We crossed India’s longest road tunnel, Chenani-Nashri tunnel, also known as Patni Top tunnel, with a length of 9.28 km on NH 44. It is the first tunnel in the country with a fully integrated tunnel control system. The tunnel reduces the distance between Jammu and Srinagar by 30 km and cuts travel time by two hours.

We stopped midway for a cup of tea in Banihal and finally reached Qazikund at late night. In Qazikund, at a road side eatery, we stopped briefly for dal and roti making our way to Srinagar. It was a bit difficult to find a hotel in the night, but after some struggle we booked a hotel near Lal Chowk and stayed there overnight. Next morning we drove from Srinagar to Gulmarg.

At Tangmarg, Greenz Hotel was a perfect stop for Lunch. As we had pre-planned to have a complete wazwan experience in Jammu, the lunch here was simply of rista with kebabs. The kebabs in Kashmir are not melt in mouth of kind- you can taste the meat. My kind of kebabs as I don’t have much liking for melt-in-mouth of kebabs. The rista are meat balls cooked in red gravy. The meat is handpounded and a right amount of fat is added in to it. In Kashmir, when we say mutton, it is mostly sheep.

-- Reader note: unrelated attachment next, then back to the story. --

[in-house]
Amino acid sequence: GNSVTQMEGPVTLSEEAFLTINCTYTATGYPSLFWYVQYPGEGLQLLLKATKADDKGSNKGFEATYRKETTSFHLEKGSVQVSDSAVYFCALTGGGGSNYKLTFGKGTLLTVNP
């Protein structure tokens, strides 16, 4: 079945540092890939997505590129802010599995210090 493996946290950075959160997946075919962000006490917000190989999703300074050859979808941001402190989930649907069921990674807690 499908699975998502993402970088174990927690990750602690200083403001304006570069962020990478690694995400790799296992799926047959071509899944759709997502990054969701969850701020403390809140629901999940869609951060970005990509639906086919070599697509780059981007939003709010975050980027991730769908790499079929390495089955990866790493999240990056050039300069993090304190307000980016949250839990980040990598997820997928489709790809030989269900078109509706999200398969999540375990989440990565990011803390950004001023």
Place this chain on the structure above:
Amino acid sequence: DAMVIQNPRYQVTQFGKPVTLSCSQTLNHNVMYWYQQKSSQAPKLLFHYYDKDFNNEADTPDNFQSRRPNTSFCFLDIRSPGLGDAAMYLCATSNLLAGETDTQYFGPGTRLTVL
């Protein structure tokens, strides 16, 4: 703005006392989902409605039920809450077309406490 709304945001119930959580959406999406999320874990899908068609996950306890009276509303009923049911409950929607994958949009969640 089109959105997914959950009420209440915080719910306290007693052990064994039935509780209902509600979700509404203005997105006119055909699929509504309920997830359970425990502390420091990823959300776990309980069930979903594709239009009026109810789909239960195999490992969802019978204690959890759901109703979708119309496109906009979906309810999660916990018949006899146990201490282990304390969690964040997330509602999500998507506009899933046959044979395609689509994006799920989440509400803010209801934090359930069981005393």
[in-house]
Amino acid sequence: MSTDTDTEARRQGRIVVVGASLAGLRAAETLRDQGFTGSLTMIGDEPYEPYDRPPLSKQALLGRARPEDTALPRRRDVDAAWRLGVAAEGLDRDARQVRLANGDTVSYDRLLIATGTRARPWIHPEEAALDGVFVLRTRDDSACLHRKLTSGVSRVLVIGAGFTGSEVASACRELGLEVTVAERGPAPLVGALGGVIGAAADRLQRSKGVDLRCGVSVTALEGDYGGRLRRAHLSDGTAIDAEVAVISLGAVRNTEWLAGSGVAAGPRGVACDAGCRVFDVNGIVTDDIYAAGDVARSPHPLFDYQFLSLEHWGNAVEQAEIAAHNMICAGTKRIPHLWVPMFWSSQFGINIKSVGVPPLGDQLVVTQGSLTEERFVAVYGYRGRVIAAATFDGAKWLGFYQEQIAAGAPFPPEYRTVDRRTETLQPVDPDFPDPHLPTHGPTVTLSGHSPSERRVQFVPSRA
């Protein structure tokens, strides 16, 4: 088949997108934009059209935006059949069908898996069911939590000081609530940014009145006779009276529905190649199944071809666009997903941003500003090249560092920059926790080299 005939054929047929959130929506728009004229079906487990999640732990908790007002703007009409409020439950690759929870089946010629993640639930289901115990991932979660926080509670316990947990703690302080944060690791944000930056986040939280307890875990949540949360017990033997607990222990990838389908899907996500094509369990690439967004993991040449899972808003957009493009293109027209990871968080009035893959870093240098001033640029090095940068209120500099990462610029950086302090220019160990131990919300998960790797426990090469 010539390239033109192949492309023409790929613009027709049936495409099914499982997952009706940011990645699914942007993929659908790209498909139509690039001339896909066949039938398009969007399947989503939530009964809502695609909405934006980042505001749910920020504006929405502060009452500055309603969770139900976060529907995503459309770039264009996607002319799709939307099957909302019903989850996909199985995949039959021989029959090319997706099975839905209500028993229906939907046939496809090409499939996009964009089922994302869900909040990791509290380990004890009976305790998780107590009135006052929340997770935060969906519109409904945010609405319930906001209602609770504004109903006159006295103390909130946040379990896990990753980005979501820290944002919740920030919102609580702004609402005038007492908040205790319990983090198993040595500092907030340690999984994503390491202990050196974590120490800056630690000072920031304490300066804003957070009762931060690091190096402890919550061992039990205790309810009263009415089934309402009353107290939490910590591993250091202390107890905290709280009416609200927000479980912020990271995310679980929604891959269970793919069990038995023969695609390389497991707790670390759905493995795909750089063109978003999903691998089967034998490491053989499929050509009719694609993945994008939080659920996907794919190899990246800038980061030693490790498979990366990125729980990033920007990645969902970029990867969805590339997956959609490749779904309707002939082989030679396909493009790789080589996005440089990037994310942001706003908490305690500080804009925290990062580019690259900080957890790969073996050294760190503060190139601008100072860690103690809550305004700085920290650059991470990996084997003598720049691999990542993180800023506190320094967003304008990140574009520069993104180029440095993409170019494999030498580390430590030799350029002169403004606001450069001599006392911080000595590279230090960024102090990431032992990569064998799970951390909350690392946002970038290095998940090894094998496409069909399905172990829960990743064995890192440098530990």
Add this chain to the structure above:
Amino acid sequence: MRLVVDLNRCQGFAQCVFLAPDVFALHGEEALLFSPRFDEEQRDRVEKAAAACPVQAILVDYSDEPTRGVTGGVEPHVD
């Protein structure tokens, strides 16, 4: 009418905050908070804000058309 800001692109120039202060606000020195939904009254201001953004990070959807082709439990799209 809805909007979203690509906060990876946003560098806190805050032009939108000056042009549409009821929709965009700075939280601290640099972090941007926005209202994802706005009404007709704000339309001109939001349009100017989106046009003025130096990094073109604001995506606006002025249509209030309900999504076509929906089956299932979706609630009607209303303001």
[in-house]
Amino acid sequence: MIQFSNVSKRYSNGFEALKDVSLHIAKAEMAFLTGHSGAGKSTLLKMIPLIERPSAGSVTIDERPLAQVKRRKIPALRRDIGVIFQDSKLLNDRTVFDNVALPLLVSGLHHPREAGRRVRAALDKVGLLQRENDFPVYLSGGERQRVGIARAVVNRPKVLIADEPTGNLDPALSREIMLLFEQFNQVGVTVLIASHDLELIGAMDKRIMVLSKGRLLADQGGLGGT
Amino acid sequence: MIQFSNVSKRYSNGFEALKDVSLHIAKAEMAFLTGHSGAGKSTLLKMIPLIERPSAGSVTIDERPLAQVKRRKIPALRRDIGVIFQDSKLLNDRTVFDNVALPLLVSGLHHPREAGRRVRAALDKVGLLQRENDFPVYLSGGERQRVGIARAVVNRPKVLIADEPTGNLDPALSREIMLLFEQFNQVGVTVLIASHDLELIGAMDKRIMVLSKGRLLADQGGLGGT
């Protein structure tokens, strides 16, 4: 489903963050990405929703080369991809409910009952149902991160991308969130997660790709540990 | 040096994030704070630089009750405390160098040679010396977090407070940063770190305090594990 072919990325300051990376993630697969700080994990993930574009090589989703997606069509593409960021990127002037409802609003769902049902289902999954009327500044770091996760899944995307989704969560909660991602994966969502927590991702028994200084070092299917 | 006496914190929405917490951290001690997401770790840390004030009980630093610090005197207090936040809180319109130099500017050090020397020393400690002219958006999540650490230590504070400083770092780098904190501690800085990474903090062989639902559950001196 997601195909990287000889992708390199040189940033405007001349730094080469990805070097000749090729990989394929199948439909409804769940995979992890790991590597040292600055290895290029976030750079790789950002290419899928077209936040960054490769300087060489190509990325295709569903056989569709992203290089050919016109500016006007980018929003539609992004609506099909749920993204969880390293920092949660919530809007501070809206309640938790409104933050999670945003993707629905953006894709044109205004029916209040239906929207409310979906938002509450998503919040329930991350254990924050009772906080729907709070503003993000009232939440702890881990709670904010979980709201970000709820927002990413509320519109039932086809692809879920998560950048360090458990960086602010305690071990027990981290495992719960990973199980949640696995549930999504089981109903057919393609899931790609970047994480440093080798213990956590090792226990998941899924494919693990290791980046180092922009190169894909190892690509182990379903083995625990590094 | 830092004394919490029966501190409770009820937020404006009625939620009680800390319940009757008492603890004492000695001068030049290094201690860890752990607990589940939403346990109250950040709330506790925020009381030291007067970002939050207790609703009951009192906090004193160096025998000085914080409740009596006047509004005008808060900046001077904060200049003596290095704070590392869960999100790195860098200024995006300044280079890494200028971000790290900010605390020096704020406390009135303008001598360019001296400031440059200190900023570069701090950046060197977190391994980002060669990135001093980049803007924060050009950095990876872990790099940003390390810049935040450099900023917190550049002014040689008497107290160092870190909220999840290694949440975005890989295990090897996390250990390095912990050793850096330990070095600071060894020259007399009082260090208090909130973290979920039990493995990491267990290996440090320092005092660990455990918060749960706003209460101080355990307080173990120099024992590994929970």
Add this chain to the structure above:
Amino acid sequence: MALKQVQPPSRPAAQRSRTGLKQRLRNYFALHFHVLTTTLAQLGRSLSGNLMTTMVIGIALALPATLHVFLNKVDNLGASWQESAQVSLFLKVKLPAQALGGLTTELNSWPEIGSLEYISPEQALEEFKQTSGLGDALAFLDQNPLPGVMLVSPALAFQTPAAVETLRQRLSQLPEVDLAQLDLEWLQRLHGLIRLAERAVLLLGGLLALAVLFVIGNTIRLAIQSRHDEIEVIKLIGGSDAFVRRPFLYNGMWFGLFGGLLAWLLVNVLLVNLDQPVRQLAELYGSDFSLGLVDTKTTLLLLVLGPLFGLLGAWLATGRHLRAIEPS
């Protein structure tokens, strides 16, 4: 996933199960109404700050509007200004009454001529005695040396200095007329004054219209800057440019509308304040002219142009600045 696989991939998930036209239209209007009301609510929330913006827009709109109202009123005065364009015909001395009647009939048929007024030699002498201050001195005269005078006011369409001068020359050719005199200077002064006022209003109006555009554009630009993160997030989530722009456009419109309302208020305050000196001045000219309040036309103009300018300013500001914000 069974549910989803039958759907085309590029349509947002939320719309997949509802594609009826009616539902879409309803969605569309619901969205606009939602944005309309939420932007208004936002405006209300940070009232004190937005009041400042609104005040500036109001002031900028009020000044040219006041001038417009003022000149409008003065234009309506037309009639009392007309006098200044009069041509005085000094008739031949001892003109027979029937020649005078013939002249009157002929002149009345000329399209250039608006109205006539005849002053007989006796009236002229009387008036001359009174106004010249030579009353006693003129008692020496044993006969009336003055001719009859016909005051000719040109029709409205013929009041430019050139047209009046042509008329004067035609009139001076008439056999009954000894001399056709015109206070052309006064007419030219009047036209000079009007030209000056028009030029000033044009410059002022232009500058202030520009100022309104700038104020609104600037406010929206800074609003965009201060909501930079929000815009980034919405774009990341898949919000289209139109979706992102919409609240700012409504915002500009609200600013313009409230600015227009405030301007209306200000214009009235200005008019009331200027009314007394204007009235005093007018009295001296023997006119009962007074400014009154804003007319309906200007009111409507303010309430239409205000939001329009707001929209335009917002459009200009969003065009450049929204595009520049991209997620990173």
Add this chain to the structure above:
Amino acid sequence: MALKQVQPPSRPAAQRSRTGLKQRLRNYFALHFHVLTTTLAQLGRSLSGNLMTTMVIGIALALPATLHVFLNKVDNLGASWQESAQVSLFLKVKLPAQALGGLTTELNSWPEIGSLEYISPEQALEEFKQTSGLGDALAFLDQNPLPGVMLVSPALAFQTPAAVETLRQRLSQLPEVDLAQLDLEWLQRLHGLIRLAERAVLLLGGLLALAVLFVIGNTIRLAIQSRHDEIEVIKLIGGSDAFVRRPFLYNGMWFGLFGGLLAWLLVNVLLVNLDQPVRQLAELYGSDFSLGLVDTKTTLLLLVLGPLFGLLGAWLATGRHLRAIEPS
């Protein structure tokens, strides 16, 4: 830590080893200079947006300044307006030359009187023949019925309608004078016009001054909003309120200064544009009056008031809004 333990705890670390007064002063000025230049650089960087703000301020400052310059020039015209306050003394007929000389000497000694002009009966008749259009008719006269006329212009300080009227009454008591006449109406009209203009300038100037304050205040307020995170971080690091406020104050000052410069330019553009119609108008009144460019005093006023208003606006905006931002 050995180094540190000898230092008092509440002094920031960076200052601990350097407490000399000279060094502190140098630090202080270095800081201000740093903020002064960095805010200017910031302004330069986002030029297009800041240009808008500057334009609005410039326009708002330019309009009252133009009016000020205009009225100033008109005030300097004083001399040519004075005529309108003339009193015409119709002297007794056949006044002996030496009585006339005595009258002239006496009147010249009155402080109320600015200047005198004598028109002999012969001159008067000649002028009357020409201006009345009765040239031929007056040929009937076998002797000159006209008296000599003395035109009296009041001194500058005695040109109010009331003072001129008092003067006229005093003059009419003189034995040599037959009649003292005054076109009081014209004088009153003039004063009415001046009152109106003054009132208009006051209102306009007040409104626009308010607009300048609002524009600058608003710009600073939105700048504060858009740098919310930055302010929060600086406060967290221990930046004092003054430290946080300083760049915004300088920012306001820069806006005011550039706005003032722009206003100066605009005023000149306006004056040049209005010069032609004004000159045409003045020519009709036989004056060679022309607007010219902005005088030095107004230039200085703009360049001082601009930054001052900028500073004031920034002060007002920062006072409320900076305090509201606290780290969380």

Dhaniwal Korm

From Tangmarg, Gulmarg is just 12.4 kms. Situated in the Pir Pranjal range in western Himalayas, the drive is beautiful, passing through forests of pine and fir. Gulmarg is also noted for having one of the worlds highest Gondola (cable car). Winter sports are also quite popular in Gulmarg. After quickly taking a walk through the valley, we reached Hotel Nedous for a late lunch. Established in 1888 by Michael Adam Nedou, Hotel Nedou was a popular destination for British aristocrats and colonial government officials. The centre of the restaurant has a fire stove (bukhari) where one can warm up returning from their Gondola ride up in the Himalayas or playing winter sports. It keeps the place cosy for the meals. The food is all cooked fresh and the staff is courteous. Najwa had recommended that we try Daniwal korma, so we just ordered one dish with fresh roti. Daniwal korma is a simple dish cooked in yoghurt with coriander and butter. It was simply a delight to taste each bite of it. 

That’s how we ended our food journey in Gulmarg. In the next blog, I will write about my Srinagar food journey curated by Najwa Andrabi (Instagram- @Kaeshirfoodie)

Until then, eat delicious!

 

Anubhav Sapra
Anubhav Sapra is an avid foodie! He is a Founder but proudly calls himself a Foodie-in-chief at Delhi Food Walks. He is also a street-food and Indian regional cuisine connoisseur and loves to write about street-food.